Author: Ruta Sepetys
Publisher: Philomel Books
Published Date: February 2nd 2016
Genre: YA, Historical Fiction
Page Count: 400
My Rating: ★ ★ ★ ★ ★
Winter, 1945. Four teenagers. Four secrets.
Each one born of a different homeland; each one hunted, and haunted, by tragedy, lies…and war.
As thousands of desperate refugees flock to the coast in the midst of a Soviet advance, four paths converge, vying for passage aboard the Wilhelm Gustloff, a ship that promises safety and freedom.
Yet not all promises can be kept.
MAY CONTAIN SPOILERS
"Joana still had her mother. Reuniting with her mother was her motivation. She would slay dragons to get to her. Mother was anchor. Mother was comfort. Mother was home. ”
If you’ve been following me for a while then you’ll know that I have loved Sepetys other books, and she is an auto-read author for me at this point. Every one of her stories is accurate to the time period and the way she writes the characters makes you feel like your right there with them.
We follow four teenagers
Florian – A “german” who is caring a secret, a secret that could not only get him killed but those he is now traveling with as well.
Emilia – A young girl who is lost, parentless, pregnant, and terrified of most men in general now.
Joana – A nurse who is taking care of Ingrid, the shoe poet, Eva, and the wandering child (Klaus). Not only does she feel responsible for these four people, but she also wants to help as many others as possible and get back to her mother to try and right the wrong she feels she has done that caused her extended family to be sent away by Stalin’s soldiers.
Alfred – A German Sailor who lives more in his head than in real life.
Each chapter is only a few pages long, and as we get towards the end of the book it gets to just a few sentences as we switch back and forth between the characters. I got so attached to most of these characters ( I found Alfred’s part a little annoying with his mental letters he was constantly writing). By the time they got on the boat and you could tell that the end was near I didn’t want the story to end, I didn’t want the boat to leave port, and when the torpedo’s hit my heart broke for all of the people on-board.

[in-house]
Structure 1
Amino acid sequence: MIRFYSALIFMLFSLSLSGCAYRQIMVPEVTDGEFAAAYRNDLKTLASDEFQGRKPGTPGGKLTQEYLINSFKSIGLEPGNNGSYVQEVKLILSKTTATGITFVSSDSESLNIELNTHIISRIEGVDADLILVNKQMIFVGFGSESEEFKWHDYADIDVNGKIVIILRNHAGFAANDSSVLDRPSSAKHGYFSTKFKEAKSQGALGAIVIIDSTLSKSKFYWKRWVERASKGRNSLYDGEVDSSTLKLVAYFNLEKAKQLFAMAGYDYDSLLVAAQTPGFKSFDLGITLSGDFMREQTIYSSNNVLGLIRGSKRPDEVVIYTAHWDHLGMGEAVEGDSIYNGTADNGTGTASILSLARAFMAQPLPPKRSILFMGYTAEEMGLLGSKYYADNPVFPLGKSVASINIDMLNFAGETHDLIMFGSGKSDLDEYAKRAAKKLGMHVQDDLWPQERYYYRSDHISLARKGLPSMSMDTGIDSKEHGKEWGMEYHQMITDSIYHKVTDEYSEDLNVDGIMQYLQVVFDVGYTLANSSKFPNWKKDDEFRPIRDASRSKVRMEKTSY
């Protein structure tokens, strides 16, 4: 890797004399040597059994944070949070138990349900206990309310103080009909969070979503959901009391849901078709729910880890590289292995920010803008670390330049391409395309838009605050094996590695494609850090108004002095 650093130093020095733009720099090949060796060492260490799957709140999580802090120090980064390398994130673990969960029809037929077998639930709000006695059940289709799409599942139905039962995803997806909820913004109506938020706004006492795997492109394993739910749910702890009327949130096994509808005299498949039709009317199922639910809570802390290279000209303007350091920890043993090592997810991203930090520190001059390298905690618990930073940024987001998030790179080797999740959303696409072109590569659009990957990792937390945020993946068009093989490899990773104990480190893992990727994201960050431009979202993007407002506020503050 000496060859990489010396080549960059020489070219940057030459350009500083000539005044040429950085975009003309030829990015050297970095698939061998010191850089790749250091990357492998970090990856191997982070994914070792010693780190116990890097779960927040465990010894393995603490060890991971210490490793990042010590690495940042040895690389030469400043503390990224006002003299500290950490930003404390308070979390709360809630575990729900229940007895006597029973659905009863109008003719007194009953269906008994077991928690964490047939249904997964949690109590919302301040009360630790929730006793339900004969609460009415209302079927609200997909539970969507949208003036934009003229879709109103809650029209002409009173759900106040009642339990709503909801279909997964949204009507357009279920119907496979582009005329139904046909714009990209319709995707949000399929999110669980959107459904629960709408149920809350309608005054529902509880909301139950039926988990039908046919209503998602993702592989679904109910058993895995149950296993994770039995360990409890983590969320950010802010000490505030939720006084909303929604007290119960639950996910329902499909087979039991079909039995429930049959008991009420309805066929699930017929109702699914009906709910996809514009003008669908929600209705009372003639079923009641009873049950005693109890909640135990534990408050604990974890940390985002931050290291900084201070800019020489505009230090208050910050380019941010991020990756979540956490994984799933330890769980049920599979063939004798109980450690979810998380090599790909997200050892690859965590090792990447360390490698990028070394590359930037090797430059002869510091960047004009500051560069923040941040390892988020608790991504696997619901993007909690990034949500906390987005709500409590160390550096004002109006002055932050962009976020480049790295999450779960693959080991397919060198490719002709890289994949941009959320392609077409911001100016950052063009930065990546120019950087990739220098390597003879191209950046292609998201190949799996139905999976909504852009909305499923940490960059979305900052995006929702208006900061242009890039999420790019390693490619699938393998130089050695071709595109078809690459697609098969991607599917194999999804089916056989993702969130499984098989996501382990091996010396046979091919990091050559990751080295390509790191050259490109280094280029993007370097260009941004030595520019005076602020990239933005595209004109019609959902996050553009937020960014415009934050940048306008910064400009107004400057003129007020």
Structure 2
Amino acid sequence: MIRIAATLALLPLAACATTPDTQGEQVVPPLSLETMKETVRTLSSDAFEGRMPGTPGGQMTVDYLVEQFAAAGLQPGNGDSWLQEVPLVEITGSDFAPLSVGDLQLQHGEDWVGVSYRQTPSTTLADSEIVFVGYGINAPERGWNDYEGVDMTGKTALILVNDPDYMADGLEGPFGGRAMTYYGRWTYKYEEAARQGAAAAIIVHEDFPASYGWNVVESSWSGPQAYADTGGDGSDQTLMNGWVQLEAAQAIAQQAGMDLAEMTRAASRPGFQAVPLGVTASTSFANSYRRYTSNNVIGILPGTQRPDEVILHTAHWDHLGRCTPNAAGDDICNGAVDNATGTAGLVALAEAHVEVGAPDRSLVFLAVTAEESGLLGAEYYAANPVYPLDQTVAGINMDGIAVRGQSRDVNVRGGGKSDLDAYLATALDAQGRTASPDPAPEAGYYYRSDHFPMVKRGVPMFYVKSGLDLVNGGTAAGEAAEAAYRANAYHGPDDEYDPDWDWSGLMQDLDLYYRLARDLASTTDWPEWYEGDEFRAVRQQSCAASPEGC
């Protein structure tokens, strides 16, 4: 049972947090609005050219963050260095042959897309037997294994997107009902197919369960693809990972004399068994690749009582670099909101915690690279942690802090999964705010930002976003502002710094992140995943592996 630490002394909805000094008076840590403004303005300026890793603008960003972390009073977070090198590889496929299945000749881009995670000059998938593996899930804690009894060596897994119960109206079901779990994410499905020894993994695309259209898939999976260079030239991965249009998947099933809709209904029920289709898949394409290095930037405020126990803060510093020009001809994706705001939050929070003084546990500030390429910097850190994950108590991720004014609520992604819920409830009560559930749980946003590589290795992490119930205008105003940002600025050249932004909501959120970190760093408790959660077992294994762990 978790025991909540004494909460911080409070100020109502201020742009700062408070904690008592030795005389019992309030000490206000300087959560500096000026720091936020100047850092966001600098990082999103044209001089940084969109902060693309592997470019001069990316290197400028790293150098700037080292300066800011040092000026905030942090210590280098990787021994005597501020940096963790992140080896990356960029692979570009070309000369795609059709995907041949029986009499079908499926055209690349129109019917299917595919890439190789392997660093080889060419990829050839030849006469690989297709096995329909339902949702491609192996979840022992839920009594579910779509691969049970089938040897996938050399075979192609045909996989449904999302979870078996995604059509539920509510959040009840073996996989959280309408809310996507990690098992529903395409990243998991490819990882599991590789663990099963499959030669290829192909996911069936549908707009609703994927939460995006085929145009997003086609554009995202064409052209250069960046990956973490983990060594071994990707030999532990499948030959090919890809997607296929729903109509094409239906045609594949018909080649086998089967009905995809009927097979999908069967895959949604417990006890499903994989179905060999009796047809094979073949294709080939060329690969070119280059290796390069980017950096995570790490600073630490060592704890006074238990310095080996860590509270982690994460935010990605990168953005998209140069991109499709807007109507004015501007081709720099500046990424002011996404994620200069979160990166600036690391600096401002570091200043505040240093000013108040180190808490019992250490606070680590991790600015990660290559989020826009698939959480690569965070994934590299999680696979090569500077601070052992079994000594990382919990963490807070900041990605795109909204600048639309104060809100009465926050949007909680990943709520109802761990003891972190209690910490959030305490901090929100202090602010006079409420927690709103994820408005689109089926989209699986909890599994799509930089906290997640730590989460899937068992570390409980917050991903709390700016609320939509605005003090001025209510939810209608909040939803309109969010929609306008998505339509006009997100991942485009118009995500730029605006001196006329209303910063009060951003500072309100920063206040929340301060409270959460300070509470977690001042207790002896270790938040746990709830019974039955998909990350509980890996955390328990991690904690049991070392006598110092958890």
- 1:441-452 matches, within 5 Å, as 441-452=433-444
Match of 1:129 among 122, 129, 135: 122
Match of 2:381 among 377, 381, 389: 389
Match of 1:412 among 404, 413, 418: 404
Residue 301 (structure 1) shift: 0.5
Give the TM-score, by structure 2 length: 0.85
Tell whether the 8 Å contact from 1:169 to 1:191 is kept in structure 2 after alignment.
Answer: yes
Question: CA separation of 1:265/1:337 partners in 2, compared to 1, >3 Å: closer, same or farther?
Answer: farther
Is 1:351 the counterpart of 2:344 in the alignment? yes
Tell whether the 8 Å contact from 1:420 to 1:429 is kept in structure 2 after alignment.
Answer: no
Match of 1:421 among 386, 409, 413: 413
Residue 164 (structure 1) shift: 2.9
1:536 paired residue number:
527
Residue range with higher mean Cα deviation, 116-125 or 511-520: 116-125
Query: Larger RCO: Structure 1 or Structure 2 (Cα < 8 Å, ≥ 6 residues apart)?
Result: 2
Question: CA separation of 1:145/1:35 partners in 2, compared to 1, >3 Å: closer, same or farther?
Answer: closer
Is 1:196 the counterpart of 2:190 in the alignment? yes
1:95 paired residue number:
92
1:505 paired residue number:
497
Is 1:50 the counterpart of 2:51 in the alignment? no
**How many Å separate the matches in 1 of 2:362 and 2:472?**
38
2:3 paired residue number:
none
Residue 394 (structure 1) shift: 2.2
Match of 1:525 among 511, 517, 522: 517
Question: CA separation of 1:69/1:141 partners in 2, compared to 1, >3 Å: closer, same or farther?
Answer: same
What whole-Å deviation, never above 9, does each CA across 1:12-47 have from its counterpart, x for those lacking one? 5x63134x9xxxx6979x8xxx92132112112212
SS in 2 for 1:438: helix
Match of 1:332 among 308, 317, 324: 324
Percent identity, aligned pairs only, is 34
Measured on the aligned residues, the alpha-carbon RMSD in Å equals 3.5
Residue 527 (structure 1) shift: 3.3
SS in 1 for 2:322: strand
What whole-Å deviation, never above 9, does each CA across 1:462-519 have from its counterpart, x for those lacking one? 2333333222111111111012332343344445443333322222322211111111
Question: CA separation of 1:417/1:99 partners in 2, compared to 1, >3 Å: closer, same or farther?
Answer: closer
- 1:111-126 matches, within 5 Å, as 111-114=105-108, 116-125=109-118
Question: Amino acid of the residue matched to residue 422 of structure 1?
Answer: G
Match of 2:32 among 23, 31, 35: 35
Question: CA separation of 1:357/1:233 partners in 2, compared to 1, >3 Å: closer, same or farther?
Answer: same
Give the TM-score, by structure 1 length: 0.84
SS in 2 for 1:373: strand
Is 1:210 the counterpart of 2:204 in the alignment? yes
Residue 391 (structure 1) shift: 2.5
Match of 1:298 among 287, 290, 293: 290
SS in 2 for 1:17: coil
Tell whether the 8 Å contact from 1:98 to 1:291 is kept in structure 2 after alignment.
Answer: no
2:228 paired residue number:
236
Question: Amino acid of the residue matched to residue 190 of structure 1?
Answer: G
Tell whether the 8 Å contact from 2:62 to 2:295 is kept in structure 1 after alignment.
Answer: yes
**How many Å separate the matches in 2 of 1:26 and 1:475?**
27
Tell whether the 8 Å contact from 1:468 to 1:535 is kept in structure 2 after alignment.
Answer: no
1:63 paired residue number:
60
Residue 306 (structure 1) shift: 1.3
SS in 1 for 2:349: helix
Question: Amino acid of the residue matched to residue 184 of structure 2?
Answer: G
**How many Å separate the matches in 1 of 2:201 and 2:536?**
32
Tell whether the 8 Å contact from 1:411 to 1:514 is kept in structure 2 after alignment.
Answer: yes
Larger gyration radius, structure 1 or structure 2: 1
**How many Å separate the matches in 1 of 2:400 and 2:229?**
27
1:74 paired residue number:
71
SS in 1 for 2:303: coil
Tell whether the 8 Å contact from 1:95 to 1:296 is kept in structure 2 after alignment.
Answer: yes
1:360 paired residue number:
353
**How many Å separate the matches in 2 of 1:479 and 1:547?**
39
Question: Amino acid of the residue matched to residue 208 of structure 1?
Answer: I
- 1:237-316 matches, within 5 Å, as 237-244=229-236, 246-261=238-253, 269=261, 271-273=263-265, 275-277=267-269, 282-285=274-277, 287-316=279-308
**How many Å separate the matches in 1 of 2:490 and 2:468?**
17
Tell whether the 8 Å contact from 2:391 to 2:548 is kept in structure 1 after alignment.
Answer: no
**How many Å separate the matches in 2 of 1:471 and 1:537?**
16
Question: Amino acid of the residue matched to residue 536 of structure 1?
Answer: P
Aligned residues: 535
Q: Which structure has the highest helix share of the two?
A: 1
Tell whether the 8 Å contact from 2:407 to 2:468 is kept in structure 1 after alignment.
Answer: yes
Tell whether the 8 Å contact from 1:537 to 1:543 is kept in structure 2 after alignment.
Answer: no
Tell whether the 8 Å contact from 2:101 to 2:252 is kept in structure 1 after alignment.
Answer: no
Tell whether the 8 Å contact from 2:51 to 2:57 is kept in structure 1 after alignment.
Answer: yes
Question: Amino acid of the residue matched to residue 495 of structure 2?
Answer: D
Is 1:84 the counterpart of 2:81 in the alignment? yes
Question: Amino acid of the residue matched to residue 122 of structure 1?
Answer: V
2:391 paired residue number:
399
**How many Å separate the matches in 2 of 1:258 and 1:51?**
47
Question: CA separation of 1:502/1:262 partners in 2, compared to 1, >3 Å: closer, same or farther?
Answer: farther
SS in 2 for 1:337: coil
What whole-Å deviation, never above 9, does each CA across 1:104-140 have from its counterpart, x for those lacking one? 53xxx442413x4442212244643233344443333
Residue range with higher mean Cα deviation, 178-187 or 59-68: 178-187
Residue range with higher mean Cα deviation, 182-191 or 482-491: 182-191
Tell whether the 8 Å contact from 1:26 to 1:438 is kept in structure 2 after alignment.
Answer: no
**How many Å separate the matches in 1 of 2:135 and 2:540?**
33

“The Wilhelm Gustloff was pregnant with lost souls conceived of war. They would crowd into her belly and she would give birth to their freedom.”
The water was freezing, and there weren’t enough life boats (only 12) once again, and the ones that were on board weren’t filled to capacity due to panic. When the few survivors were picked up surprisingly considering they were surrounded by Russian Submarines, they were taken to safety, and towards the start of their new lives.
I also really loved the connection this book had with Between Shades of Gray with Joana being Lina’s cousin. If anyone knows of any other books about this tragedy or Lithuanian’s during the WWII please let me know.
I'll leave you with, the authors note from the acknowledgement
Every nation has hidden history, countless stories preserved only by those who experienced them. Stories of war are often read and discussed worldwide by readers whose nations stood on opposite sides during battle. History divided us, but through reading we can be united in story, study, and remembrance. Books join us together as a global reading community, but more important, a global human community striving to learn from the past.This is why I love Historical Fiction and Ruta Sepetys books, she always reminds you that these books are based on real stories and that this is what some people's lives were really like during this time period.
What determines how we remember history and which elements are preserved and penetrate the collective consciousness? If historical novels stir your interest, pursue the facts, the history, memoirs, and personal testimonies available. These are the shoulders that historical fiction sits upon. When the survivors are gone we must not let the truth disappear with them.
Please, give them a voice.